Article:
Diabetes

Diabetes mellitus (DM), commonly known as just diabetes, is a group of metabolic disorders characterized by a high blood sugar level over a prolonged period of time.[11] Symptoms often include frequent urination, increased thirst and increased appetite.[2] If left untreated, diabetes can cause many health complications.[2] Acute complications can include diabetic ketoacidosis, hyperosmolar hyperglycemic state, or death.[3] Serious long-term complications include cardiovascular disease, stroke, chronic kidney disease, foot ulcers, damage to the nerves, damage to the eyes and cognitive impairment.[2][5]

Diabetes mellitus
Universal blue circle symbol for diabetes.[1]
Pronunciation
SpecialtyEndocrinology
SymptomsFrequent urination, increased thirst, increased hunger[2]
ComplicationsDiabetic ketoacidosis, hyperosmolar hyperglycemic state, heart disease, stroke, pain/pins and needles in hands and/or feet, chronic kidney failure, foot ulcers, cognitive impairment, gastroparesis[2][3][4][5]
Risk factorsType 1: Family history[6]
Type 2: Obesity, lack of exercise, genetics[2][7]
Diagnostic methodHigh blood sugar[2]
TreatmentHealthy diet, physical exercise[2]
MedicationInsulin, anti-diabetic medication like metformin[2][8][9]
Frequency463 million (8.8%)[10]
Deaths4.2 million (2019)[10]

Diabetes is due to either the pancreas not producing enough insulin, or the cells of the body not responding properly to the insulin produced.[12] There are three main types of diabetes mellitus:[2]

  • Type 1 diabetes results from failure of the pancreas to produce enough insulin due to loss of beta cells.[2] This form was previously referred to as "insulin-dependent diabetes mellitus" (IDDM) or "juvenile diabetes".[2] The loss of beta cells is caused by an autoimmune response.[13] The cause of this autoimmune response is unknown.[2]
  • Type 2 diabetes begins with insulin resistance, a condition in which cells fail to respond to insulin properly.[2] As the disease progresses, a lack of insulin may also develop.[14] This form was previously referred to as "non insulin-dependent diabetes mellitus" (NIDDM) or "adult-onset diabetes".[2] The most common cause is a combination of excessive body weight and insufficient exercise.[2]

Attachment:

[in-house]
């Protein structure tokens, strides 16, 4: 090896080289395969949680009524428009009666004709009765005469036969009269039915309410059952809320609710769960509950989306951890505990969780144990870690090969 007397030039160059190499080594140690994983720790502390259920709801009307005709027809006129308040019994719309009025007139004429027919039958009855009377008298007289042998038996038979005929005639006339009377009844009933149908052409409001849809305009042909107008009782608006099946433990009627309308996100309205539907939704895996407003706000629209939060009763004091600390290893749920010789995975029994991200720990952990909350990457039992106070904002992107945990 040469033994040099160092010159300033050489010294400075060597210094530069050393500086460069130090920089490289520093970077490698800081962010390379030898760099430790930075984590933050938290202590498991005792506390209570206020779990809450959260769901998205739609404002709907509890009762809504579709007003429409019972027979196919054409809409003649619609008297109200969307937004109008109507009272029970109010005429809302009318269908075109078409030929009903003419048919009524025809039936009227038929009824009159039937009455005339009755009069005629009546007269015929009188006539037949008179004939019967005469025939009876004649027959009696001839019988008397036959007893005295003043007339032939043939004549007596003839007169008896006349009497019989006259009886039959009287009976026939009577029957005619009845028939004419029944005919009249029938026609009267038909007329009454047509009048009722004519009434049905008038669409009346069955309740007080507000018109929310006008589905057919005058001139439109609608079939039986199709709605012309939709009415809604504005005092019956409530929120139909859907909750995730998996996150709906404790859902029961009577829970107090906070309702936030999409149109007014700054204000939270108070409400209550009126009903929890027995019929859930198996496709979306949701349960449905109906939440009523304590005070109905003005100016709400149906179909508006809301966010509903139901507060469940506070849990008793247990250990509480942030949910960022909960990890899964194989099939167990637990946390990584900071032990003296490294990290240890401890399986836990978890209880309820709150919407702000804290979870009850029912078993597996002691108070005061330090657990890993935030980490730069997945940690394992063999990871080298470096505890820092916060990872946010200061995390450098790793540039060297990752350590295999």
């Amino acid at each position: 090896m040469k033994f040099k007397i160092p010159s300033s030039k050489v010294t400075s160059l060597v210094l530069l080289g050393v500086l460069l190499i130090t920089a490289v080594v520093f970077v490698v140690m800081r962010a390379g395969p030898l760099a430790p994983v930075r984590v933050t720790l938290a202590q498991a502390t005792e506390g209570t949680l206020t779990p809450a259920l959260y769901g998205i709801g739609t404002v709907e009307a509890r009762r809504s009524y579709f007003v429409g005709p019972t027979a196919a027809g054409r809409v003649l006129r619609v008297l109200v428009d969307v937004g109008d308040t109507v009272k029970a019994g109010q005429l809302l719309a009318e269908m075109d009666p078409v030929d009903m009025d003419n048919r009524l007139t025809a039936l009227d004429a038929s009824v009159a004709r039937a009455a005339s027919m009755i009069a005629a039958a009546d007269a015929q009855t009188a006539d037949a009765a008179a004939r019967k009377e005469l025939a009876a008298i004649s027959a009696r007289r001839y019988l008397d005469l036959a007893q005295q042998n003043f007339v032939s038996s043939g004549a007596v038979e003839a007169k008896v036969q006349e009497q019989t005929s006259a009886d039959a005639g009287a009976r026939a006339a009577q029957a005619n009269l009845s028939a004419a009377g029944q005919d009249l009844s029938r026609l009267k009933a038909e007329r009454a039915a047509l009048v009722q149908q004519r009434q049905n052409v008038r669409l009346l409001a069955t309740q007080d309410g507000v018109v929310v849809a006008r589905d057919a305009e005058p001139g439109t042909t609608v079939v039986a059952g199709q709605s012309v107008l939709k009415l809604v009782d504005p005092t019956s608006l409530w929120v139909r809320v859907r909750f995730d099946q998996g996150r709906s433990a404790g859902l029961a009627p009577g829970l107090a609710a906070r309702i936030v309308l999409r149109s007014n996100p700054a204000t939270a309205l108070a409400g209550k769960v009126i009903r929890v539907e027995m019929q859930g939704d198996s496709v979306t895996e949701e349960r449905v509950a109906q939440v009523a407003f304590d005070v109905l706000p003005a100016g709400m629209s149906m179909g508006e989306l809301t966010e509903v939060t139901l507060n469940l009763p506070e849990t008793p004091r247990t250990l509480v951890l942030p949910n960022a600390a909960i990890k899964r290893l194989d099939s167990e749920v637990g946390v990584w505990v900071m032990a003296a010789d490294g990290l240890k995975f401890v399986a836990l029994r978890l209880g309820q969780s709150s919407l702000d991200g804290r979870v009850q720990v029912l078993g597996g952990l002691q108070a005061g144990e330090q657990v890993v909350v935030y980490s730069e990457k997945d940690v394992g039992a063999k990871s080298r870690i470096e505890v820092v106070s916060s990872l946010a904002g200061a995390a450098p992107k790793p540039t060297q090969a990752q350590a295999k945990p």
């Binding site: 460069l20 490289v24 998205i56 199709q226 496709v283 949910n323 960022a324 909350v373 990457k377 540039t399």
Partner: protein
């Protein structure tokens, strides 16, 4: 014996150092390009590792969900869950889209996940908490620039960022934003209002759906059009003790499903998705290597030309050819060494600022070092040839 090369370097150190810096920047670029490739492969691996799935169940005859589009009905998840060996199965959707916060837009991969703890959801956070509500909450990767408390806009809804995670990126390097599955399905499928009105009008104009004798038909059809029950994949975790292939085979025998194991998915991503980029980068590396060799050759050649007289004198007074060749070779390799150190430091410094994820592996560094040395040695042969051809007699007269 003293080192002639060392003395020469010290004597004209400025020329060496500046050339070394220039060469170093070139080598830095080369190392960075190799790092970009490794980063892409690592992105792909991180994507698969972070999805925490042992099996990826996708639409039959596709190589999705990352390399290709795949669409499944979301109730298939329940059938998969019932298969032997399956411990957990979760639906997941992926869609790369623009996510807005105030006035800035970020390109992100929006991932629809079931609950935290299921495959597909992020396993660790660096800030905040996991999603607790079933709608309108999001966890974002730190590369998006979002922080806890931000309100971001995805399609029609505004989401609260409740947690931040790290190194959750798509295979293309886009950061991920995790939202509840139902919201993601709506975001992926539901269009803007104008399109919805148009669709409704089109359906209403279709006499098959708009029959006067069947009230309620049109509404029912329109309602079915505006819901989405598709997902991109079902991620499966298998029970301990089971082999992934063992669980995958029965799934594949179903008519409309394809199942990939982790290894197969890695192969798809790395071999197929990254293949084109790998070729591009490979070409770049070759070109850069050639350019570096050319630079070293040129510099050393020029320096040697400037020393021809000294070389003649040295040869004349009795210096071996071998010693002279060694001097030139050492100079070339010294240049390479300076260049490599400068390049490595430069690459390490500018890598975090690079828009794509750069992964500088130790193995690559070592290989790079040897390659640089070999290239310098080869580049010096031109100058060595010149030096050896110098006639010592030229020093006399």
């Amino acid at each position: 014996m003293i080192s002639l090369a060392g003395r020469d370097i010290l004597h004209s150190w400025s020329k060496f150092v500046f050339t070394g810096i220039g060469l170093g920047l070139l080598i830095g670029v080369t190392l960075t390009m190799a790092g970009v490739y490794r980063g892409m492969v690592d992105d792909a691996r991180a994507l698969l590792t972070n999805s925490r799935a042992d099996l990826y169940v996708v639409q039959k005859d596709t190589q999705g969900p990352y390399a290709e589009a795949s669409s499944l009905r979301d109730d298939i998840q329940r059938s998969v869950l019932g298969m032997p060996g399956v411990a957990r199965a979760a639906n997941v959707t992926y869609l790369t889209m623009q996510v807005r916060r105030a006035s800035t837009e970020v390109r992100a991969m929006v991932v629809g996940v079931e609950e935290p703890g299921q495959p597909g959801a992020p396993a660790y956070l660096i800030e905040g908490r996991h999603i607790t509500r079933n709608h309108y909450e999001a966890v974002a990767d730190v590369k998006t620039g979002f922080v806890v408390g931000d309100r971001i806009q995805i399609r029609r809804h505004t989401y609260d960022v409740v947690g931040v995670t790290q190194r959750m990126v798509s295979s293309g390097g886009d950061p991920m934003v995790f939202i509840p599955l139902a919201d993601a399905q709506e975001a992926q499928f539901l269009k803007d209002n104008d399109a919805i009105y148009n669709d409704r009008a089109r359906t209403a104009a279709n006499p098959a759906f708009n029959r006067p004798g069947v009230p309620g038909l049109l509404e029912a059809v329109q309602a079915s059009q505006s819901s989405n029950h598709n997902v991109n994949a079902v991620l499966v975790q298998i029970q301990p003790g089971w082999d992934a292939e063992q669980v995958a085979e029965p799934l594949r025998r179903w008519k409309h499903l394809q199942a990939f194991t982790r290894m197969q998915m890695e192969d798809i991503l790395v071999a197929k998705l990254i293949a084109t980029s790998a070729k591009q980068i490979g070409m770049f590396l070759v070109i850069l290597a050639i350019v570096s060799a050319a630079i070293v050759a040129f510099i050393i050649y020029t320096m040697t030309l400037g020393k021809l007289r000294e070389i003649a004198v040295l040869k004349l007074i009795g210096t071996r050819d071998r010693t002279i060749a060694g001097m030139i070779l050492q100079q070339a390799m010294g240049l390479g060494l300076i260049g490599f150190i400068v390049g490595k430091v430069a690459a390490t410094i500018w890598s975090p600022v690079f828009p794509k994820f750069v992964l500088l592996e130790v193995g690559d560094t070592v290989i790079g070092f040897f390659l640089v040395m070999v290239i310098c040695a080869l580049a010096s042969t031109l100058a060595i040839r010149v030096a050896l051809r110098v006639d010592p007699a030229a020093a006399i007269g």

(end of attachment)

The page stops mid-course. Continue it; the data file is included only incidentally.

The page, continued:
• Gestational diabetes is the third main form, and occurs when pregnant women without a previous history of diabetes develop high blood sugar levels.[2]

Type 1 diabetes must be managed with insulin injections.[2] Prevention and treatment of type 2 diabetes involves maintaining a healthy diet, regular physical exercise, a normal body weight, and avoiding use of tobacco.[2] Type 2 diabetes may be treated with medications such as insulin sensitizers with or without insulin.[15] Control of blood pressure and maintaining proper foot and eye care are important for people with the disease.[2] Insulin and some oral medications can cause low blood sugar.[16] Weight loss surgery in those with obesity is sometimes an effective measure in those with type 2 diabetes.[17] Gestational diabetes usually resolves after the birth of the baby.[18]

As of 2019, an estimated 463 million people had diabetes worldwide (8.8% of the adult population), with type 2 diabetes making up about 90% of the cases.[10] Rates are similar in women and men.[19] Trends suggest that rates will continue to rise.[10] Diabetes at least doubles a person's risk of early death.[2] In 2019, diabetes resulted in approximately 4.2 million deaths.[10] It is the 7th leading cause of death globally.[20][21] The global economic cost of diabetes-related health expenditure in 2017 was estimated at US$727 billion.[10] In the United States, diabetes cost nearly US$327 billion in 2017.[22] Average medical expenditures among people with diabetes are about 2.3 times higher.[23]